Creature Comforts in the Key City

Scenes from a visit to my childhood home in Dubuque, Iowa

It was a gratifying return to the United States: a few days of affection and rest in my childhood home of Dubuque, Iowa. Dad and Kelly greeted me in blustery Rockford, Illinois and we drove the beautiful stretch through Terrapin Ridge to the icy Mississippi River Valley, my old stomping grounds.

After six months rambling in South America it felt good to be back with family. It was easy to adapt to non-Latino life — I found respite in simple things like hot showers, speaking English, brushing my teeth with tap water, and slumbering deeply under heavy blankets and winter’s darkness and silence.

I was treated like royalty: Dad carefully planned each meal of home-cooked fare and kept up lively topics of conversation about politics, history, academia, my travels and the wider world. We kicked back with bottles of Leinies, discussed articles from the New York Times and The Nation, and laughed in a tavern drinking pints while the snow flurried wildly outside.

Each night I fell asleep with freight trains sounding in the distance. I awoke to Dad waiting for me with a smile and a cup of coffee. I was warm and content and cared for.

While I’ve lived more than half my life away from Dubuque, it’s probably where I’m most rooted and will always find homey comfort. It is safe and familiar, where things are measured and known, my reactions predictable and my memories stored away securely.

I spent an afternoon cleaning up old papers, sorting through the blurred places and faces from elementary school, junior high, high school. Wistful feelings surface: compunction, gladness, ambiguity.

I guess that’s the key to going home: delighting in the nostalgia while accepting the ambivalence.

My childhood’s home I see again,
        And sadden with the view;
And still, as memory crowds my brain,
        There’s pleasure in it too.

— Abraham Lincoln

Tin’s Cambodian Nightmare: Battambang, the Khmer Rouge and a Lost Childhood

Tin on our tour of Battambang, Cambodia discussing a Khmer Rouge "example home" used for propagandistic purposes

When I was ten years old, my time was occupied playing with my Star Wars action figures in the yard, setting up jumps for my banana-seat bike and saving my weekly allowance for summer camping trips to the woods of Wisconsin.

Yesterday I met Tin, a Cambodian living in Battambang and a tuk-tuk driver for tourists.  In 1975 he was orphaned and marched into a forced labor camp for children where he toiled for four years.  His memories as a ten-year-old suffering under the Khmer Rouge contrast profoundly with my years in green, growing Iowa buoyed by comfort, care and stability.

Since I met Tin yesterday, I have been haunted by the profound difference of our respective childhoods, living not just on opposite ends of the globe but a universe apart. Here is his story.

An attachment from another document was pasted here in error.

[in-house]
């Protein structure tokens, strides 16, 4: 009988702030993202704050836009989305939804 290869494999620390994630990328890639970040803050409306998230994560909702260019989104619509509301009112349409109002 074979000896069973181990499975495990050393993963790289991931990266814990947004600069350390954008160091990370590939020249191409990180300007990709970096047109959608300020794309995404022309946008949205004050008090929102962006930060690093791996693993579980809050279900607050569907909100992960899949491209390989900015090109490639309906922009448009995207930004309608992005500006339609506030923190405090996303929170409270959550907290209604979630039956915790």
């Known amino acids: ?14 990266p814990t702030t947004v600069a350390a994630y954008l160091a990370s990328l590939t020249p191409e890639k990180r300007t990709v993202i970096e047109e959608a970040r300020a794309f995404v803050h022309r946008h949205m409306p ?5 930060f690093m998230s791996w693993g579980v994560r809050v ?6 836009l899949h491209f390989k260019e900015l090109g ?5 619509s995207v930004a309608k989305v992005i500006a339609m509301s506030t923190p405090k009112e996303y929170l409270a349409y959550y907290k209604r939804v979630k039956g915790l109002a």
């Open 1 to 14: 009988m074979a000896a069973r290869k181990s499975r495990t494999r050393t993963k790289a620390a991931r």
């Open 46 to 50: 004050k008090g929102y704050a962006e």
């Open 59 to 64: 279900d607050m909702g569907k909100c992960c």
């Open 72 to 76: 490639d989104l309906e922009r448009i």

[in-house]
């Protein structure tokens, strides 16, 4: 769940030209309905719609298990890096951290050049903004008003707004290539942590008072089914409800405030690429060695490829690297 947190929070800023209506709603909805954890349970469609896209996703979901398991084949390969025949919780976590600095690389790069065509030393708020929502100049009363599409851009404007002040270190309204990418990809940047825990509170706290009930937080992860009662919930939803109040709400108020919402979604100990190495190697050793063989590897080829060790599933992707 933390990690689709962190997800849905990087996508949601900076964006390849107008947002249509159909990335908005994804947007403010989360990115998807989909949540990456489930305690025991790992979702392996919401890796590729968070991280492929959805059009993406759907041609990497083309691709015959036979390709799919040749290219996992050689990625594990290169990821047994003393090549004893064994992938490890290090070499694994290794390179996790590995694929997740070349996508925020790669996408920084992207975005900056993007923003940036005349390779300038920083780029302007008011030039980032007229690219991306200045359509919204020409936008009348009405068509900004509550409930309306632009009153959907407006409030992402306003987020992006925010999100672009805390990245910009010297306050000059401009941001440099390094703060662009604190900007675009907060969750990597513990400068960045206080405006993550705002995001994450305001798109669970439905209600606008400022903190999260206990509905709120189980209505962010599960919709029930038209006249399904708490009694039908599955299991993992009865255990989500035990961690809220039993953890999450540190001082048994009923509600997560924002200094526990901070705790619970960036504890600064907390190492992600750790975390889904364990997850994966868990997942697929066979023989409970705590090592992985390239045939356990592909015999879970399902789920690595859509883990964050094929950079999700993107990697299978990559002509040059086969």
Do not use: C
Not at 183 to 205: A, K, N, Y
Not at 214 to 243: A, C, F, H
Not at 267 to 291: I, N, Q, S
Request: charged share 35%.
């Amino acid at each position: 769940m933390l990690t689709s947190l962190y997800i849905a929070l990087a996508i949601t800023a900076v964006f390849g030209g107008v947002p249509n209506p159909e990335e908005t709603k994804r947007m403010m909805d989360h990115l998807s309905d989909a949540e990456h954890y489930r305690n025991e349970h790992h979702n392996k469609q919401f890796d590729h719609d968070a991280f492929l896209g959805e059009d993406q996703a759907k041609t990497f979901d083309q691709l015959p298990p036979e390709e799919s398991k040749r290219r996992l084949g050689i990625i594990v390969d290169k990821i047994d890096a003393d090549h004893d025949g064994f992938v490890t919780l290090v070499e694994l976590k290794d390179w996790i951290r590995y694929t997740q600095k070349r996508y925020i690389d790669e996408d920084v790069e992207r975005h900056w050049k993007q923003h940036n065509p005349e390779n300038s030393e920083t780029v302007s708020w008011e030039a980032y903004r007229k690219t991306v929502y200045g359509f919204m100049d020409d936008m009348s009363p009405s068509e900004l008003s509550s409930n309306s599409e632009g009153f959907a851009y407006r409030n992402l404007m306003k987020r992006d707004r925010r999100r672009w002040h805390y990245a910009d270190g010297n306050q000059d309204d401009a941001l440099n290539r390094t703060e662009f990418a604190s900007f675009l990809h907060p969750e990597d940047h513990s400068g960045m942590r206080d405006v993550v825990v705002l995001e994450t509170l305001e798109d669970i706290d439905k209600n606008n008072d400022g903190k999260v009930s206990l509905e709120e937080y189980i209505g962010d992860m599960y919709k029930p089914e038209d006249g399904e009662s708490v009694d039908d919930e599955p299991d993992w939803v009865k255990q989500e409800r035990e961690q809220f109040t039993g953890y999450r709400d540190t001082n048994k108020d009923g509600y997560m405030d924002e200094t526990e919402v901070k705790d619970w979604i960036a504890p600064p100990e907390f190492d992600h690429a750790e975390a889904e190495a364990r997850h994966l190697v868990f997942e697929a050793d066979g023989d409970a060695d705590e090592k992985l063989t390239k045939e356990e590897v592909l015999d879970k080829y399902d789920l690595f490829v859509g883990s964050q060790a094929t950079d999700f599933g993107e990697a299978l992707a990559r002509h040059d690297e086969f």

Tin is just about my age, born in Phenm Penh in the mid-1960’s.  In 1975 the capital city fell to Khmer Rouge communist forces after an arduous and bloody civil war. The next day the Khmer Rouge began evacuating all residents from Phenm Penh and the other cities to the country to work in forced-labor camps.

For weeks the roads were filled with the mass exodus from the cities: Women walked for days carrying crying infants and running out of food. Hospitals were emptied, the sick and infirm were forced onto the roads, some holding IV’s and being pushed in wheelchairs.  Many elderly struggled and died in the forced march to the countryside.  Year Zero had begun, ushering in a brutal new era of radical restructuring of Cambodian society into a peasant-dominated agrarian cooperative.

The Khmer Rouge rejected the rich cultural past of Cambodia as a suitable model for the new society.  Schools were shuttered, money officially abandoned replaced by a “barter” system, libraries burned, Buddhist temples shelled and ancient monument sites scavenged for works projects.  The borders were sealed, no one was allowed in or out.  International aid assistance was denied.  Anyone with an education, contacts with the former government or links to other countries, who spoke a foreign language, wore glasses, or lived in a city was considered “bourgeois” was taken away and likely killed.

The others were forced into labor camps structured by age and gender; families were torn apart with children and parents in opposite parts of the country.  Conditions everywhere were appalling and treatment was brutal.  Children were often questioned separately by the Khmer Rouge; they knew the young were less likely to cover up important family details.  Anyone accused of insubordination or suspected of moral weakness was simply exterminated; there was no justice or rule of law.

Almost 2 million people were killed by the Khmer Rouge’s genocidal reign of terror.  In fewer than four years, nearly one out of every four Cambodians died.

Billboard at a mass killing location outside of Battambang, Cambodia documenting the expulsion of people from cities to work on forced-labor camps in the countryside
Billboard at a mass killing location outside of Battambang, Cambodia documenting the expulsion of people from cities to work on forced-labor camps in the countryside

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